Recent studies indicate that the majority of those who produce, process, and market Africa’s food are women, but only one in four agricultural researchers is female. A study by AWARD and the Agricultural Science and Technology Indicators on “Women’s Participation in Agricultural Research and Higher Education”, which looked at key trends in sub-Saharan Africa, found that the overall proportion of female professional agricultural and higher education staff increased from 18 percent in 2000/01 to 24 percent in 2007/08. On a national basis, female staffing levels were particularly low in Ethiopia, Togo, Niger and Burkina Faso, whereas in Botswana, Mozambique and South Africa levels were high. However, the benchmarking survey—which was conducted in 125 agricultural research and higher education agencies in 15 sub-Saharan countries—showed that only 14 percent of the management positions were held by women.

“Only with the full involvement and leadership of women in agriculture will Africa succeed in its quest for food security and prosperity,” says Vicki Wilde, Director of AWARD and the CGIAR Gender & Diversity Program. “There is no time to lose.”

Mozambique, a former Portuguese colony in southeastern Africa, is a member of the Commonwealth and the only non-English speaking country represented in AWARD. With a population of 20 million, it was ranked 22nd out of 134 countries in the Gender Gap Index for 2010. Although the country scores poorly in terms of educational attainment (123rd), it boasts a good female-to-male ratio in terms of economic participation and opportunity. Analysts say there is an increasing trend in women’s contribution to economic growth, although there is a lowering contribution in sectors like agriculture, where there are more women but incomes are lowest.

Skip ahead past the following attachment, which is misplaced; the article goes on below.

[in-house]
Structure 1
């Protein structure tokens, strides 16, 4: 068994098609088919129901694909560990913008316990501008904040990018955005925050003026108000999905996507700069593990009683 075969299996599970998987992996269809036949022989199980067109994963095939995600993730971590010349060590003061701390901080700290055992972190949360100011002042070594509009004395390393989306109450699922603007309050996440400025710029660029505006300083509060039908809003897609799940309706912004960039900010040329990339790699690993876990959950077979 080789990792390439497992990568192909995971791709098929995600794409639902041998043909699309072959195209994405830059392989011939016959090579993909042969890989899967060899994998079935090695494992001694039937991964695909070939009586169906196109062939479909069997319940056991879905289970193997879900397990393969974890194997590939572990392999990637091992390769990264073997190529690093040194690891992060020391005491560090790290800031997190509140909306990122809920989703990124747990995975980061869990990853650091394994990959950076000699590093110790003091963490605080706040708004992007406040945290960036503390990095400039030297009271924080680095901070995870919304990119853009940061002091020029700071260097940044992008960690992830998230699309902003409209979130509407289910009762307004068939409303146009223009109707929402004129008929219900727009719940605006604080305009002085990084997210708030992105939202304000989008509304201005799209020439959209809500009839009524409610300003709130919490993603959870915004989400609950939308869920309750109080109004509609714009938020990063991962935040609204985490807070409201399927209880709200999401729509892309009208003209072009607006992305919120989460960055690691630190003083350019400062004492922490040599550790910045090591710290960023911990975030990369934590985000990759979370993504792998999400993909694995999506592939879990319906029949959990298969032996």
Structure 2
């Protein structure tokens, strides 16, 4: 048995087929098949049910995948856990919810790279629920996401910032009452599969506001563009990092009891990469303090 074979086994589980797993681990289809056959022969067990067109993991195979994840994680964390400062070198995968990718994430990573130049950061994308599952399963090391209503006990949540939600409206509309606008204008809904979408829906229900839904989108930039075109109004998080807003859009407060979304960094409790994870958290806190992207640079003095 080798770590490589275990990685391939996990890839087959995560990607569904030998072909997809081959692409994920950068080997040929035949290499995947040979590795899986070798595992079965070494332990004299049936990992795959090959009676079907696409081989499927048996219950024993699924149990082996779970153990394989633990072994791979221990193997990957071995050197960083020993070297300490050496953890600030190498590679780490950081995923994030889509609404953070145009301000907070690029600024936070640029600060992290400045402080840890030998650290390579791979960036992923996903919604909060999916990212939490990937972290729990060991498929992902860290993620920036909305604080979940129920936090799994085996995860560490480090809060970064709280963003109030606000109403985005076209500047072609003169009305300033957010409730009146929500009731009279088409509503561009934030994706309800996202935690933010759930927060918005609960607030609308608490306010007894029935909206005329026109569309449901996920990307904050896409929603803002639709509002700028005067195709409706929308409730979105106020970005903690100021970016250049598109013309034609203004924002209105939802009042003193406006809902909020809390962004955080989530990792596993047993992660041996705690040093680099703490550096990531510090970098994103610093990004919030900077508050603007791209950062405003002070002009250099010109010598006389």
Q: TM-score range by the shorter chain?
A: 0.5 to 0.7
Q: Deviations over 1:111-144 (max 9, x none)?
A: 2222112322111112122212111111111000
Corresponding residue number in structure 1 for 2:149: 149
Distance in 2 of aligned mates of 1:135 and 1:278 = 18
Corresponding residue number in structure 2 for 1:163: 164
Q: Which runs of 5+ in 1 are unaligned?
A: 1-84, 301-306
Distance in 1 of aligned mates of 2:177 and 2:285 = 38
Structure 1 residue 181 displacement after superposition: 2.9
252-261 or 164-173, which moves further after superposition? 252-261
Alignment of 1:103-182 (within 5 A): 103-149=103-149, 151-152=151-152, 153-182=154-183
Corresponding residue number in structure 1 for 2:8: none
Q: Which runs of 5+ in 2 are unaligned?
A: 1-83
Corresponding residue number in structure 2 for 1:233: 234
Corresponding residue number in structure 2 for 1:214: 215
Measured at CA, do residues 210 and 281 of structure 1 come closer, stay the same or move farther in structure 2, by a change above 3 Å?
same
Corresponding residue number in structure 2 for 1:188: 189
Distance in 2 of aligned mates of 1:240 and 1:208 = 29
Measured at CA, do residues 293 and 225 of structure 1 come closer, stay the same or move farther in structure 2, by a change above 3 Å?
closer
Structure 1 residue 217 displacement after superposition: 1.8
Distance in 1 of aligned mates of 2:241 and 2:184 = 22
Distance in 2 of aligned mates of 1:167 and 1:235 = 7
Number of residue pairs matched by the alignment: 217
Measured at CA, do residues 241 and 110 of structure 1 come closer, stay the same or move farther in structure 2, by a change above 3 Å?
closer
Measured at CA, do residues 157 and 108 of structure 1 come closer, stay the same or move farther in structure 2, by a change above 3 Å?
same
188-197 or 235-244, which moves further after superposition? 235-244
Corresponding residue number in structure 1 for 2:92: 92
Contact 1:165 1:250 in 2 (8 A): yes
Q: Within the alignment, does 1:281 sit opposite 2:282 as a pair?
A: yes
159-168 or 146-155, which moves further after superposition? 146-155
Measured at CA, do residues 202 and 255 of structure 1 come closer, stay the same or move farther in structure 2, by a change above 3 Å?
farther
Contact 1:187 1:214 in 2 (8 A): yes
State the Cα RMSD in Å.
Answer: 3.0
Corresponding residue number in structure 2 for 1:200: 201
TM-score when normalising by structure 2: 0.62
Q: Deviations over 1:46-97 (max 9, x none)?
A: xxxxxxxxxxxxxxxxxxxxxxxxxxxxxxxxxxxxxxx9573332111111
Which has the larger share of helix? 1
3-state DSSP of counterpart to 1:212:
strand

“We know the people who matter most aren’t the financiers or the agriculture ministers or the assistance workers and partners. They are the women farmers who are the untapped solution to this problem,” says USAID Administrator Rajiv Shah. “We’re working to ensure that women get equal access to services and support, such as financial services that preferentially target women and extension services delivered by female workers. To make this happen, we are investing in women producer networks and expanding fellowship programs, such as the AWARD program.”

The 11 Mozambican fellows cover a broad range of agricultural sciences, from forestry management to agro-economics and veterinary medicine, including animal production, reproduction, and nutrition. “I am inquisitive by nature. I feel enraptured by the process of looking at a problem, imagining solutions, and seeking the adequate answer,” says Paula Pimentel, a senior researcher at IIAM, who is currently studying gender relations in goat-breeding families in the remote district of Chicualacuala, about 500 km from Maputo.

What drives all these women is a focus on pro-poor, community-oriented research objectives, and an awareness of the need to combine traditional knowledge with modern methods as a fundamental contribution to scientific advancements. “Learning from local techniques should always be the starting point,” says Anabela Manhiça, Senior Researcher and Head of the Technology Transfer Department at IIAM. “Rural producers have abundant knowledge. It’s always best to learn what they are doing, how they are doing it, and then add the new technology. It doesn’t work when you try to introduce something completely new.”

“These outstanding Mozambicans debunk the myth in some science circles that qualified African women researchers ‘aren’t out there’—that they don’t exist in significant numbers,” says Wilde. “Qualified women scientists are out there. These women prove it.”

Pic of the Week: “A Historical Look Back”

USAID 50th Anniversary Logo

Peace CorpsThe work of USAID has been far-reaching and long-standing as evidenced by this photo of a Peace Corps volunteer working in the ORT center funded by USAID. In the mid 1970’s Joan Wadelton, a Peace Corps Volunteer from Princeton, New Jersey, holds one of the children she helps at a maternal and child health center in Niger. The center is operated by ORT, a voluntary agency, and the Nigerienne Ministry of Health, is financed by USAID. Photo is from USAID.